THE COUNTERFEIT TRAITOR —- good, fact-based WW2 espionage saga from 1962, given a bonus to authenticity by location shooting in Berlin, Hamburg, Copenhagen and Stockholm.
William Holden plays a US-born Swedish oil exporter who apolitically trades with both sides until the British nab him for intelligence work, blacklisting his business unless he spies on the Germans for them. As his involvement grows, so does his personal commitment to the struggle, showcased through various adventures and in a romantic interlude with a lady spy, played by Lilli Palmer. Holden’s dismayed character asks his calculating superior, Hugh Griffith: “How does a person get to be so cold-blooded?” The matter-of-fact reply: “Watching German planes bomb London helps enormously.”
At 140 minutes, the lengthy saga takes about twenty minutes before you’re fully hooked into the solid production, steered by George Seaton, doing double duty as director & screenwriter.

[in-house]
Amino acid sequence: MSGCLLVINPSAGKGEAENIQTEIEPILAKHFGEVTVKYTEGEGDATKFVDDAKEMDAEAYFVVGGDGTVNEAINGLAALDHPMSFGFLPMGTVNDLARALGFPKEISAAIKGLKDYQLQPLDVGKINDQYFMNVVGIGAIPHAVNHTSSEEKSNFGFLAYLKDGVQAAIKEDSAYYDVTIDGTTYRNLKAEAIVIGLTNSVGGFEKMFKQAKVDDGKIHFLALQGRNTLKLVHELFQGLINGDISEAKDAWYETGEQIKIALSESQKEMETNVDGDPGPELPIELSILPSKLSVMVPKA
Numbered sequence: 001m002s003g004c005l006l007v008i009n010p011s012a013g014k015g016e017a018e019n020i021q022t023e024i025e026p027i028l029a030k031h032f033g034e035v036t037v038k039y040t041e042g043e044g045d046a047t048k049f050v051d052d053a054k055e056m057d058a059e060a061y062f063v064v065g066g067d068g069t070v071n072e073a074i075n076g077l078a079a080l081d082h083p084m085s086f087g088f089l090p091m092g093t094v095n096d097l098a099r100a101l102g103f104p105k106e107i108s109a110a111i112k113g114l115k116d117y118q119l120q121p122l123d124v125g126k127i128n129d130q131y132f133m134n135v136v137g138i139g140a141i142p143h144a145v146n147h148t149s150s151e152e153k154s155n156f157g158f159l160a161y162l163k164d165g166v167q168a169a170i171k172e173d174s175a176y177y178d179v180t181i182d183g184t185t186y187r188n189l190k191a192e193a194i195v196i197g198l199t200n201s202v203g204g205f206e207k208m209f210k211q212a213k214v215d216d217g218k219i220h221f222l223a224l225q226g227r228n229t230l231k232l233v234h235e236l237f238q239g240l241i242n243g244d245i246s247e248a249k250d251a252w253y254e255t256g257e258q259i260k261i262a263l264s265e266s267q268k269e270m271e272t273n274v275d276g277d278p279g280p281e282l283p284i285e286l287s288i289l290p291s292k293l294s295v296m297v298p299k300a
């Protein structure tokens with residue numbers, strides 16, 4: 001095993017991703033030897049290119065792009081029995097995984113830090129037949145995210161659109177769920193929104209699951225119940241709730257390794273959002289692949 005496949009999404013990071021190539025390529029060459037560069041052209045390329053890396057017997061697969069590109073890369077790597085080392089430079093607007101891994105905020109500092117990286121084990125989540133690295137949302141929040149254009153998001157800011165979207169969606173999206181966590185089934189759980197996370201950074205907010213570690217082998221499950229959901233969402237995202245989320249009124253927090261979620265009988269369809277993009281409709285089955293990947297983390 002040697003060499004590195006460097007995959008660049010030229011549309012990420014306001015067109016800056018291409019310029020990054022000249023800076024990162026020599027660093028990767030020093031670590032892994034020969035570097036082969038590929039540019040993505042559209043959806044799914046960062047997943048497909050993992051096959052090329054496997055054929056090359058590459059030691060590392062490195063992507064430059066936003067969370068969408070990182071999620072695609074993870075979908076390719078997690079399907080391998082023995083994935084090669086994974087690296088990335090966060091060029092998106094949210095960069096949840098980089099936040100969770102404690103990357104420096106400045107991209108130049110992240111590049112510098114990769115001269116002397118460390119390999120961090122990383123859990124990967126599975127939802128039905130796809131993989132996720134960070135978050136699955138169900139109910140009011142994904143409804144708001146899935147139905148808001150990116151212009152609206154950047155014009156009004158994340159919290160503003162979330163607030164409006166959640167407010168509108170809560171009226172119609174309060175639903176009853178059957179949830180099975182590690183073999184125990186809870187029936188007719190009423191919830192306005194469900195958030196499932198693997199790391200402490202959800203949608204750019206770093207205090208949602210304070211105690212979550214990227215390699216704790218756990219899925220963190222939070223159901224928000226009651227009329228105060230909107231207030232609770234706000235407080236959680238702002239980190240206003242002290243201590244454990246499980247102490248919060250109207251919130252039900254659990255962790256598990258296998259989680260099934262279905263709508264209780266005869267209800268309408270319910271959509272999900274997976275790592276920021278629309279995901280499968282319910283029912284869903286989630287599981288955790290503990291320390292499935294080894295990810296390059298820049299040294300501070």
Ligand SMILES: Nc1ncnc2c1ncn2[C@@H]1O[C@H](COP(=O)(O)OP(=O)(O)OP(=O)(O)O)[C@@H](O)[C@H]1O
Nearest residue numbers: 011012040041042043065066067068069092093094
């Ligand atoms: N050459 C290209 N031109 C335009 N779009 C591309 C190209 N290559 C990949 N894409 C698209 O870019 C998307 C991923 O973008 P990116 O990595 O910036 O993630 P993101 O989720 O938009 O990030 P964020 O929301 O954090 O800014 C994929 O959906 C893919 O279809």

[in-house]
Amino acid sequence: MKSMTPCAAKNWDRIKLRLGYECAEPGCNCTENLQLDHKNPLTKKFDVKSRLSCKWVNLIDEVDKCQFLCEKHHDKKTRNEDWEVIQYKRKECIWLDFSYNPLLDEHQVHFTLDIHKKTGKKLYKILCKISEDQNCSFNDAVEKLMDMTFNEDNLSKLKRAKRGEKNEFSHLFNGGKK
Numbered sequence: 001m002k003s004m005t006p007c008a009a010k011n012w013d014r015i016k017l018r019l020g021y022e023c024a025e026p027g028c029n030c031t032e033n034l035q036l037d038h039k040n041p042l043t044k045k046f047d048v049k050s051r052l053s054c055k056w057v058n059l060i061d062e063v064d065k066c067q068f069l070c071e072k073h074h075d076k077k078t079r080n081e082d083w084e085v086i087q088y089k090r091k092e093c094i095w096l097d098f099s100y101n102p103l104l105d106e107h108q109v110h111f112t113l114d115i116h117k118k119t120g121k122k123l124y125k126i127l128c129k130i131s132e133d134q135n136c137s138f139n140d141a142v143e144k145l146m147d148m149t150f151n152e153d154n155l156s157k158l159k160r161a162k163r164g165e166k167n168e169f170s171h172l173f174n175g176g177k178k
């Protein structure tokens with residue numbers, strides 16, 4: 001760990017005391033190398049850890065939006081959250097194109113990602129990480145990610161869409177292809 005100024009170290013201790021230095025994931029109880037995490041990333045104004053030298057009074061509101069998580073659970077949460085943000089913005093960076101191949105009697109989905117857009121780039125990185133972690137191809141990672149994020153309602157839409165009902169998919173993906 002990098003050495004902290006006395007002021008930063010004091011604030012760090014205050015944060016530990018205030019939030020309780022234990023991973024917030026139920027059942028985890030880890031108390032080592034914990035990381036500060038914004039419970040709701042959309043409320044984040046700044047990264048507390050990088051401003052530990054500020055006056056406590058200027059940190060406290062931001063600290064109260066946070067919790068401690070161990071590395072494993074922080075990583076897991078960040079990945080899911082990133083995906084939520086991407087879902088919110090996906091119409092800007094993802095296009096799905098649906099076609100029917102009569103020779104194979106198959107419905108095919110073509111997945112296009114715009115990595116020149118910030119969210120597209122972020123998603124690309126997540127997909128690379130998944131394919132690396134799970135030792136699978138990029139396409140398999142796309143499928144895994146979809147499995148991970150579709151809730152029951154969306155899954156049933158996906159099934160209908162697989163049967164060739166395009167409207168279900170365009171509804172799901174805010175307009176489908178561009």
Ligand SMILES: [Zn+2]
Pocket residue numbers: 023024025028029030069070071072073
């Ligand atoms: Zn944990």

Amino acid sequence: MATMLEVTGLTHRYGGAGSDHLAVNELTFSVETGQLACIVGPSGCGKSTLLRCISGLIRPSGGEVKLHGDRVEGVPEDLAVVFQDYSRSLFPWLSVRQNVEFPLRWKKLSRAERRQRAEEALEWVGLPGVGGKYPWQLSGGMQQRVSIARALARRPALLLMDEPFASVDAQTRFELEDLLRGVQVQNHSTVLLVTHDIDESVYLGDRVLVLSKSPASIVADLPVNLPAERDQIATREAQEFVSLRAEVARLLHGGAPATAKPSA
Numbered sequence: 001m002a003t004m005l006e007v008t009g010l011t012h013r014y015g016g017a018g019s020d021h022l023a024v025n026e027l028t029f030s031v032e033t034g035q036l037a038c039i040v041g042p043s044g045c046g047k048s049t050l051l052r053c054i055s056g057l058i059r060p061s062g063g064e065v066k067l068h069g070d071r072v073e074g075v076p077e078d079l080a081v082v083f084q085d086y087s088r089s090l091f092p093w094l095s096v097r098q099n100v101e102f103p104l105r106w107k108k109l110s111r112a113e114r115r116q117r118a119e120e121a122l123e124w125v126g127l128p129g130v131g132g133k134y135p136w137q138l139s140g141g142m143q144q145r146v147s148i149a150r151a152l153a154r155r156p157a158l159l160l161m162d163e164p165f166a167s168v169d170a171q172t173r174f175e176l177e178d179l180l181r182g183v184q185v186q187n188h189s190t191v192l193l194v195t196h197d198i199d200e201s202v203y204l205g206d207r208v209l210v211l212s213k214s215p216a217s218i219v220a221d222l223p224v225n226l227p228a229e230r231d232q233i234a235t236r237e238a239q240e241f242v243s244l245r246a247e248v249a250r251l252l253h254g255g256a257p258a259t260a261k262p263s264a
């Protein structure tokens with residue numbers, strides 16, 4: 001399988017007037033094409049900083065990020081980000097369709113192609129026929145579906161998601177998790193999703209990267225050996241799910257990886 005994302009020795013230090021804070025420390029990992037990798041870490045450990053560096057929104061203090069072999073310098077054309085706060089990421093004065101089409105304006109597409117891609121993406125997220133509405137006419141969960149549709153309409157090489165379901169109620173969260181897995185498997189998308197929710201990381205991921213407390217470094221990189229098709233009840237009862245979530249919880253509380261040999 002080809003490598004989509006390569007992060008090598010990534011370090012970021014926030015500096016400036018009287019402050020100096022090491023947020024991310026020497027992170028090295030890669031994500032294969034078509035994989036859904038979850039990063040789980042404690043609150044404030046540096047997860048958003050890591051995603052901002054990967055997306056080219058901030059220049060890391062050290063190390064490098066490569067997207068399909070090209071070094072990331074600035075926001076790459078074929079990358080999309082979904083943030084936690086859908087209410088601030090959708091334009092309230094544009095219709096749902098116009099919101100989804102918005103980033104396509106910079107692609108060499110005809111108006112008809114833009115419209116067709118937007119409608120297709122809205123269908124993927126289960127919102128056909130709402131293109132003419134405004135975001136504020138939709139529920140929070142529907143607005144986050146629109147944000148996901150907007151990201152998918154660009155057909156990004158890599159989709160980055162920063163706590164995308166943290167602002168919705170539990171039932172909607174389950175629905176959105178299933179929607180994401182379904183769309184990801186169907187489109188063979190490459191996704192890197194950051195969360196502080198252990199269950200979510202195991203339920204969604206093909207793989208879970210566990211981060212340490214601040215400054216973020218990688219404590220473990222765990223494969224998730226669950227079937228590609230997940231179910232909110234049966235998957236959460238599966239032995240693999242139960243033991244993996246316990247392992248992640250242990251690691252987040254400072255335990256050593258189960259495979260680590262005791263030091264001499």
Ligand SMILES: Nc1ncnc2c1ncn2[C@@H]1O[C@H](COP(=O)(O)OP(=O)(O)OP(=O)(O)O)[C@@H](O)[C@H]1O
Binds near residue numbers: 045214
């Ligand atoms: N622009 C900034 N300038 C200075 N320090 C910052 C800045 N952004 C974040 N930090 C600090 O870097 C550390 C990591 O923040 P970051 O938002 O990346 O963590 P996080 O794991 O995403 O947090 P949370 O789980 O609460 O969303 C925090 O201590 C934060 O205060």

Holden makes a fine reluctant hero (he had that nailed better than almost any of his contemporaries): it’s his last really good role before a slump set in until 1969 and The Wild Bunch. Palmer is excellent as his contact/mistress and she shines in a few moments that grip the heart.
A large European supporting cast offer various morsels of good or bad behavior: best are the always impressive Wolfgang Preiss as a Luftwaffe colonel and young Helo Gutschwager as a rodent-minded member of the Hitler Youth, a real weasel.
Sensible drama, shorn of hysteria, scored with typical distinction by Alfred Newman. With Ernst Schroder, Eva Dahlbeck, Ulf Palme, Carl Raddatz, Werner Peters and in a small role, Klaus Kinski. It came in 27th for ’62, grossing $7,700,000. “You can read about a hundred atrocities, hear about a thousand, but you only have to see one!”